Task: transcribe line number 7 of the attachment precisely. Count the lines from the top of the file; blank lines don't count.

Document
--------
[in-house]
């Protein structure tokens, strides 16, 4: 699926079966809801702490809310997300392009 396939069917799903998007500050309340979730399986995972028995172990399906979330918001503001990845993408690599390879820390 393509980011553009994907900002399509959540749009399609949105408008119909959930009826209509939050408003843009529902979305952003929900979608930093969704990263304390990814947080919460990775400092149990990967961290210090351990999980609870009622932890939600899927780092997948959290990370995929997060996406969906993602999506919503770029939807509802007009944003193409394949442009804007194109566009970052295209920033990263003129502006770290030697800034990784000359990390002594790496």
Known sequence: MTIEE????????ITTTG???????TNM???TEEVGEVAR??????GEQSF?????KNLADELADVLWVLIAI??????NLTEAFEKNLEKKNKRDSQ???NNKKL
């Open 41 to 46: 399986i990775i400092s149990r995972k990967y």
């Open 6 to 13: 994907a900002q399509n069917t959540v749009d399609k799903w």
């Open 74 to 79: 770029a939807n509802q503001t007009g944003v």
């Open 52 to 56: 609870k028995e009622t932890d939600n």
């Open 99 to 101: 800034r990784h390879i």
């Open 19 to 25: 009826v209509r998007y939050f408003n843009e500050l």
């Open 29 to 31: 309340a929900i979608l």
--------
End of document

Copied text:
């Open 52 to 56: 609870k028995e009622t932890d939600n």